Quote of the Week

"What would have to occur or to have occurred to constitute for you a disproof of the love of, or of the existence of, God?"

- Rhetorical question posed to theists in general and Christians in particular by Antony Flew after discussing horrors such as childhood cancer.

Wednesday, December 12, 2007

Existence of God

I have been having an interesting conversation with an atheist on the subject of the existence of God -- specifically, if we are able to ascertain His presence from nature, the universe, and the moral law. He certainly raises some good points and has further inspired me to pick up a book or two by a few authors such as Richard Dawkins, Christopher Hitchens or Sam Harris. Other authors have also written retorts to these authors, including Allister McGrath, Dinesh D'Sousa and Michael Martin.

Perhaps I will find a few of these books in my stocking come Christmas...we will see.

Sunday, December 9, 2007

Germany vs. Scientology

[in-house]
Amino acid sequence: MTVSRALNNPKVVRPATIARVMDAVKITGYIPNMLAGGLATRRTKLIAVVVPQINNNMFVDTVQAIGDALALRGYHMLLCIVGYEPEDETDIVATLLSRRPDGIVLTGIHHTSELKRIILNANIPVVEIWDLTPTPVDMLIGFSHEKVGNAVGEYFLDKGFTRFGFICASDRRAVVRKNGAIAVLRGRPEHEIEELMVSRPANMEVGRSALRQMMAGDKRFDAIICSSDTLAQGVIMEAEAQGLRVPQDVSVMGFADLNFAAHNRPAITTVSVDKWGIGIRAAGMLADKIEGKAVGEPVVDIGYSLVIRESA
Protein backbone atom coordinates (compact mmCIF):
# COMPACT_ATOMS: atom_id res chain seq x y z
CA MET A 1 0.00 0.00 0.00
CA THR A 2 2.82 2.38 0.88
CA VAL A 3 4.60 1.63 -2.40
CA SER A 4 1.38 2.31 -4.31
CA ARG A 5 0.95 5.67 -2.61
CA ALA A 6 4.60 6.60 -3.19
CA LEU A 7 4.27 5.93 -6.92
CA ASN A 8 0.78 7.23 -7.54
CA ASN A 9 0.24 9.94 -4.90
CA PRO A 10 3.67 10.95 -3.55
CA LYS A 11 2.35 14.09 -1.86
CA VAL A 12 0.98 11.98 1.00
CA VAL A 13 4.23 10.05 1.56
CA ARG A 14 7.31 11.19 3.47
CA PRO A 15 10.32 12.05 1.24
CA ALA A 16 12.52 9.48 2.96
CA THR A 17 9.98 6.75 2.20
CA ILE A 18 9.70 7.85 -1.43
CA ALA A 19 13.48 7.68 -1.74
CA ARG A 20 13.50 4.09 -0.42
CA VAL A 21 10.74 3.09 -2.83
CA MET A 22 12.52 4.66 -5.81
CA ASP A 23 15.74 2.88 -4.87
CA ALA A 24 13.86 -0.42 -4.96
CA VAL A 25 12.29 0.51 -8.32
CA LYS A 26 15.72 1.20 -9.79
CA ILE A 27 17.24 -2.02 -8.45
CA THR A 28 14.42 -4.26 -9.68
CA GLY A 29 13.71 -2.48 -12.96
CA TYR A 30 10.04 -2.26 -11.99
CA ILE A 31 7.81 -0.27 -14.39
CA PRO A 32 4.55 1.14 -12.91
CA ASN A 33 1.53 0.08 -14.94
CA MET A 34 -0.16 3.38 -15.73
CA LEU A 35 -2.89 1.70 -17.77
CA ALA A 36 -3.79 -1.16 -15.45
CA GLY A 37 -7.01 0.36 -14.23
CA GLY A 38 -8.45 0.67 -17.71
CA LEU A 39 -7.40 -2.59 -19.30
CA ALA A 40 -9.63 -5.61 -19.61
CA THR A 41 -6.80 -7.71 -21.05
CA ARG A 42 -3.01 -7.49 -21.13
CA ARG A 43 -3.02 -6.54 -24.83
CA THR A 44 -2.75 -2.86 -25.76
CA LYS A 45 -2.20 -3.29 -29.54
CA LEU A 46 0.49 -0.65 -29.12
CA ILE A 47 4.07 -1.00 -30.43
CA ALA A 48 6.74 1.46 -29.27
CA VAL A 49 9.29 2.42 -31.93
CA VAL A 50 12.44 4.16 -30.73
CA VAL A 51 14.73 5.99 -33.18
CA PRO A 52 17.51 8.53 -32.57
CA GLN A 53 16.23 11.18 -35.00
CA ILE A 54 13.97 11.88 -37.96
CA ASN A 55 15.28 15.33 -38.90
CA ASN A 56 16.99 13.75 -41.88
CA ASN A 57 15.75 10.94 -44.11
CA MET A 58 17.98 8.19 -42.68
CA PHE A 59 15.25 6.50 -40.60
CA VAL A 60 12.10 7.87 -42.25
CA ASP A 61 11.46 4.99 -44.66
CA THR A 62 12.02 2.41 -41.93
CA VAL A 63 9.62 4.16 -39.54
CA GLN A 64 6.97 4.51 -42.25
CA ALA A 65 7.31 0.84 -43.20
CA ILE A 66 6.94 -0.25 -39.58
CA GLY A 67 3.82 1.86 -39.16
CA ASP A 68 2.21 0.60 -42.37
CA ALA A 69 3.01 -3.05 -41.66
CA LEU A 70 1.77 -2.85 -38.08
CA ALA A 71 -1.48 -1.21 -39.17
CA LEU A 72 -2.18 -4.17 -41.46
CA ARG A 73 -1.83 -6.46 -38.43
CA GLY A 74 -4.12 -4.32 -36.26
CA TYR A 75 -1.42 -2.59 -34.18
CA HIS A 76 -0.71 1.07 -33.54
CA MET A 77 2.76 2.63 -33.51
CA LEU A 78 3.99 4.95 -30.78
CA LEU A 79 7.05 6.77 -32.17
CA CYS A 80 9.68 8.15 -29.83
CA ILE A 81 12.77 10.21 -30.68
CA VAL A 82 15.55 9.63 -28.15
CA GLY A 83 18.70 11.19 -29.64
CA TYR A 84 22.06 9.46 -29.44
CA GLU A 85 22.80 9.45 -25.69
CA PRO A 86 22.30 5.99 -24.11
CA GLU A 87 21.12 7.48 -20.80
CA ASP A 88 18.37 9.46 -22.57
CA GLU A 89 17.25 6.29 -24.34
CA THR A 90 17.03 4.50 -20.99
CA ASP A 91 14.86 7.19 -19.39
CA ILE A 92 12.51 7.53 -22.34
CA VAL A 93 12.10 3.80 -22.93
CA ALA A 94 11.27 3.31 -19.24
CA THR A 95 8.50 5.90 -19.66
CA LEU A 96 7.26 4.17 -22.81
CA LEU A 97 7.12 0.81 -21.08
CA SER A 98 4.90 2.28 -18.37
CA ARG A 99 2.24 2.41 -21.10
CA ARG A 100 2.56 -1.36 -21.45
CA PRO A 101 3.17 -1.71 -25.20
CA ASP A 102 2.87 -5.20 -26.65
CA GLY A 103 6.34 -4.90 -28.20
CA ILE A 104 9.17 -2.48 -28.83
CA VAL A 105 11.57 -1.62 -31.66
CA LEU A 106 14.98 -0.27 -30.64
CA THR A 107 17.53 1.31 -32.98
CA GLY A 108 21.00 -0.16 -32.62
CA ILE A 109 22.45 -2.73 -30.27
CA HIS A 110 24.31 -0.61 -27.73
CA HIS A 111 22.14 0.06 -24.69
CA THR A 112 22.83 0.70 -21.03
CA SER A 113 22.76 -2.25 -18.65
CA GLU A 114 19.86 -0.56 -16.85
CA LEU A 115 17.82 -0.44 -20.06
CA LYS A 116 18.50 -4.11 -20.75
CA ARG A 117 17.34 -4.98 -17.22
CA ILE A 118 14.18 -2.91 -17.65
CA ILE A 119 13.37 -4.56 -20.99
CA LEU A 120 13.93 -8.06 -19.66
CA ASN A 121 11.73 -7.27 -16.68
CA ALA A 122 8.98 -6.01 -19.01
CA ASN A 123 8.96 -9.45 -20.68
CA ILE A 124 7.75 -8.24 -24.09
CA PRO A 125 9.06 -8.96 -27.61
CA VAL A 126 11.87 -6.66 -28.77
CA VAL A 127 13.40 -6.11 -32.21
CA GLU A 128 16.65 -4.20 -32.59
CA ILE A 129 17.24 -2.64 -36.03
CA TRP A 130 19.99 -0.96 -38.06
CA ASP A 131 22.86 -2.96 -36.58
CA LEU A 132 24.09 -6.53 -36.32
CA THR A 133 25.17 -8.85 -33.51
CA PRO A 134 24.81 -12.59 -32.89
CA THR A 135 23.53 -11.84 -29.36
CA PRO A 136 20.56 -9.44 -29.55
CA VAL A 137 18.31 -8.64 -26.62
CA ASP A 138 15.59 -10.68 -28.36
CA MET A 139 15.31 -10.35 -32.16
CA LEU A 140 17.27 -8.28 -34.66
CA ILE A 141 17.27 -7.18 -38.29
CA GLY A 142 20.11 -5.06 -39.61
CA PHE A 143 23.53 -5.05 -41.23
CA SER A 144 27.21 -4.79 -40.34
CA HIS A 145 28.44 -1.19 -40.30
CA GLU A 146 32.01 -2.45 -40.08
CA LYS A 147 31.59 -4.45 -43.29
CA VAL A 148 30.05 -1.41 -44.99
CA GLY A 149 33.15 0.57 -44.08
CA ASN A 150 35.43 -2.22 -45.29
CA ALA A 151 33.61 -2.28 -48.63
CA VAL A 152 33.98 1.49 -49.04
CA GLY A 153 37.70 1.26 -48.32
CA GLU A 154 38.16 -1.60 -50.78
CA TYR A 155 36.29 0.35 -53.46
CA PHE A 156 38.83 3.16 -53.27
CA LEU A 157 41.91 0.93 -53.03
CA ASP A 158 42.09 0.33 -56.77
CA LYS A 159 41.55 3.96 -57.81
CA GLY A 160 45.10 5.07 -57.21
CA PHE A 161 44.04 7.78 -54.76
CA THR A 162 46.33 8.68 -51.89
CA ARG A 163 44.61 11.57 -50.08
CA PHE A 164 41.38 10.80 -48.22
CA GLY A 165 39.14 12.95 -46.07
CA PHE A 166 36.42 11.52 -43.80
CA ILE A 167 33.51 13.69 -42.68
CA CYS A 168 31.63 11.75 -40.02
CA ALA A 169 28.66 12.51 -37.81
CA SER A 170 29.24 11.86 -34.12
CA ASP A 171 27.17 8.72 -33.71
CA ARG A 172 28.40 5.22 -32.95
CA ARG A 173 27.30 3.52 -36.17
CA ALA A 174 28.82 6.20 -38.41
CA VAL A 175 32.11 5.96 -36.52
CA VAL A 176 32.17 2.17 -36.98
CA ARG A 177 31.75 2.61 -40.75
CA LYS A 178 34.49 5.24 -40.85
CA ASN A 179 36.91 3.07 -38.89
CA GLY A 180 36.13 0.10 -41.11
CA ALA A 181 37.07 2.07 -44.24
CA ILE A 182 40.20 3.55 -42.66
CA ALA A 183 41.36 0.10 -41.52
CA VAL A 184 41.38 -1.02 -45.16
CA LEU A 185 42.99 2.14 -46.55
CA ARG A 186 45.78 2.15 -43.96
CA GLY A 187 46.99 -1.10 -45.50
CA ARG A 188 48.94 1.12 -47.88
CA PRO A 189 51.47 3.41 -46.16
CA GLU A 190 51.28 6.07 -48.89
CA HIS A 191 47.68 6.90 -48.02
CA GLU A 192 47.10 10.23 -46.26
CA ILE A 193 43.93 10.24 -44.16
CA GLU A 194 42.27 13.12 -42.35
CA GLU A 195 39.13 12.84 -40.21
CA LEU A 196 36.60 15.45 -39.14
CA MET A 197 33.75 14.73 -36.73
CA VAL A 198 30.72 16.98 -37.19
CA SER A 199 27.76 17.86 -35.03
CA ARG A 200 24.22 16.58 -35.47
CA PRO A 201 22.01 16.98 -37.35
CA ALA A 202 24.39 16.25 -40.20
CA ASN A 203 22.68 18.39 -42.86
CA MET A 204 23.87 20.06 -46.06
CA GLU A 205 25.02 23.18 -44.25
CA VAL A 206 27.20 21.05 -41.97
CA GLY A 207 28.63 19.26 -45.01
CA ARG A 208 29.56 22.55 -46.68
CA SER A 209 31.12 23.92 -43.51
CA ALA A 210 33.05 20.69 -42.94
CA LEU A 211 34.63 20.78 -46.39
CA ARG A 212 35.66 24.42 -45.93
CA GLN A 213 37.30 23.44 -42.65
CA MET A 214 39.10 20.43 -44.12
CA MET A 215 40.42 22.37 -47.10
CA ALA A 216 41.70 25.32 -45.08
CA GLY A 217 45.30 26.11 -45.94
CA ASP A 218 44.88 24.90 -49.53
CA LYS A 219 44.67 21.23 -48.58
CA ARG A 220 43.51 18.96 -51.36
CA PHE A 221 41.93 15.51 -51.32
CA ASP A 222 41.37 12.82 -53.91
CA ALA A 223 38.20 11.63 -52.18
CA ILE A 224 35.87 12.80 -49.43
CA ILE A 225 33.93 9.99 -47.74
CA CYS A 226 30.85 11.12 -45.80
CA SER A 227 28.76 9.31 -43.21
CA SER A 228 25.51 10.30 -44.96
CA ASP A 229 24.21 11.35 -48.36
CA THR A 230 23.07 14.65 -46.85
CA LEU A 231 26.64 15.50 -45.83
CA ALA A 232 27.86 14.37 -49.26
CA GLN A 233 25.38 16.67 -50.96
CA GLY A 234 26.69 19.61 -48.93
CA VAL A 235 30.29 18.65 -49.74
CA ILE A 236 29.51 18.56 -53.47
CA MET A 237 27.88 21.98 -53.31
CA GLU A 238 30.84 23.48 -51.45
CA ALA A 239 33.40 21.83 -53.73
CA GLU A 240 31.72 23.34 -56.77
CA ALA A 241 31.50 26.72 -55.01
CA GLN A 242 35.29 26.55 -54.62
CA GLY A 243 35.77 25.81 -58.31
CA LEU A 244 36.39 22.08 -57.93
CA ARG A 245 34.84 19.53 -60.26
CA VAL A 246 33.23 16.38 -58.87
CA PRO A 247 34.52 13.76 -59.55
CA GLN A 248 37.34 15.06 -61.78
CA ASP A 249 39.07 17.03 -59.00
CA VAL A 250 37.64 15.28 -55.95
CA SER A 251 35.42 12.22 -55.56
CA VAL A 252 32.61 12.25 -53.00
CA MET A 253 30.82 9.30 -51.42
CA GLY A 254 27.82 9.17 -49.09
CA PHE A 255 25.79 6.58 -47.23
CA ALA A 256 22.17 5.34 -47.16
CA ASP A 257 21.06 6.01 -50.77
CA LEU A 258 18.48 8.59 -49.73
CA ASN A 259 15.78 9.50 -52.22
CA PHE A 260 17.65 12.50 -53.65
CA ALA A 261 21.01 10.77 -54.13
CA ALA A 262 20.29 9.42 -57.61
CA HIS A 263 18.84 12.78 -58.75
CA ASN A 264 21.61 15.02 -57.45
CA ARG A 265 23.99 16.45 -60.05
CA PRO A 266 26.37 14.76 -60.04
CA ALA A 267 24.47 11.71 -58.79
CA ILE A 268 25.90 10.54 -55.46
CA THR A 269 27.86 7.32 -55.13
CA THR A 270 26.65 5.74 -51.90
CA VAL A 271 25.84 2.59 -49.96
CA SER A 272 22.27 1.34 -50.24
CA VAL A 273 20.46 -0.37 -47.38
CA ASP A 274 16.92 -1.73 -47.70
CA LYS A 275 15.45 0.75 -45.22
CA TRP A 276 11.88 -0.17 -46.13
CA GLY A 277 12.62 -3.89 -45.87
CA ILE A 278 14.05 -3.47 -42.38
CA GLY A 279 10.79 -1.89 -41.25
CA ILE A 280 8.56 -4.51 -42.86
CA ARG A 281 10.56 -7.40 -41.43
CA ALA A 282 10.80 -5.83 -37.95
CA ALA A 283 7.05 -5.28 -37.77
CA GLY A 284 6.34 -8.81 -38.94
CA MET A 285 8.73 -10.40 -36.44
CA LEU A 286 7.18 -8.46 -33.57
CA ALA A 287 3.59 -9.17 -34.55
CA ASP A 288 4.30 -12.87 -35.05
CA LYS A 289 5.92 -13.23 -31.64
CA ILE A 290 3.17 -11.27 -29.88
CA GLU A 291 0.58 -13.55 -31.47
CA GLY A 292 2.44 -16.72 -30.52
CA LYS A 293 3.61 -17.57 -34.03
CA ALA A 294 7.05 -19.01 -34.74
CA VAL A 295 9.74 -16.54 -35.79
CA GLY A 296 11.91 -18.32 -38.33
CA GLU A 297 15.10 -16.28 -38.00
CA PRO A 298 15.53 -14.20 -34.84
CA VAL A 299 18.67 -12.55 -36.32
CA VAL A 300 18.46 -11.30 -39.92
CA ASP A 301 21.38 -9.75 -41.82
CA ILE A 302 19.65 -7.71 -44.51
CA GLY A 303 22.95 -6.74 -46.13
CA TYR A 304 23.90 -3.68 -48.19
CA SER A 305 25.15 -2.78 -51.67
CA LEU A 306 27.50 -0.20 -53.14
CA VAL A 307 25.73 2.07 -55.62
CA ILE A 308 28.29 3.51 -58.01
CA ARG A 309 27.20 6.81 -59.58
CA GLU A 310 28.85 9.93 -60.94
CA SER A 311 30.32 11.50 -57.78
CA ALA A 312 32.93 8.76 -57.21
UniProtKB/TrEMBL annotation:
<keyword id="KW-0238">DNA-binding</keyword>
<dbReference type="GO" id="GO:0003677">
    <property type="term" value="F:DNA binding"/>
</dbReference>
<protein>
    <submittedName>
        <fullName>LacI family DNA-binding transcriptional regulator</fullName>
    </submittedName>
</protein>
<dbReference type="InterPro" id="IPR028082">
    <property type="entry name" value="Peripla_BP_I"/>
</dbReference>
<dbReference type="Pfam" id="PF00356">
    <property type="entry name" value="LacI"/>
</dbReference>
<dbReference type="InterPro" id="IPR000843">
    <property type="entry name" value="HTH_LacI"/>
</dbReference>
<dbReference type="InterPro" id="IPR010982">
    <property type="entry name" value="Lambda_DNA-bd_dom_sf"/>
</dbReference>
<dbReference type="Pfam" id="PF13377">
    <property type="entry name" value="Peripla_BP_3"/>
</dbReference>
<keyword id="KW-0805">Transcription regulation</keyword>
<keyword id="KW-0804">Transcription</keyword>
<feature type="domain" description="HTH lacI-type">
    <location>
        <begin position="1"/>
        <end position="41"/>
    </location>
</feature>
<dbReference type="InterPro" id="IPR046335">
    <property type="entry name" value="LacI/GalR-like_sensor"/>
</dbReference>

Late this week, German federal and state interior ministers declared the Church of Scientology "unconstitutional." Ehrhart Koerting, Berlin's interior minister, said Germany's domestic intelligence agencies would "continue gathering information on the legality of Scientology's activities in Germany so that a decision could be made on what to do about it next year." Here is a link to the German Embassy in Washington, D.C. were they posted a background paper on Scientology to justify the Country's criticism of the organization. One interesting excerpt says, "...Germany, as well as Belgium, France, Great Britain, Ireland, Italy, Luxembourg, Spain, Israel and Mexico, remain unconvinced that Scientology is a religion."

I am not a big fan of Scientology, to say the least. With that said, it frightens me when a government has the right to say what is and isn't a religion. It is one thing to arrest leaders of a cult or religious movement when they break the law (see the case against Warren Jeffs). It is a whole different story to declare a belief system illegal or unconstitutional. As dumb or as great as an idea may be, let it stand or fall on its own merits. Protect the followers of a so-called religion if they are being abused, but let the free-flow of ideas take place. When we start to ban ideas, as much as they might be worth hating, that takes us down a scary road.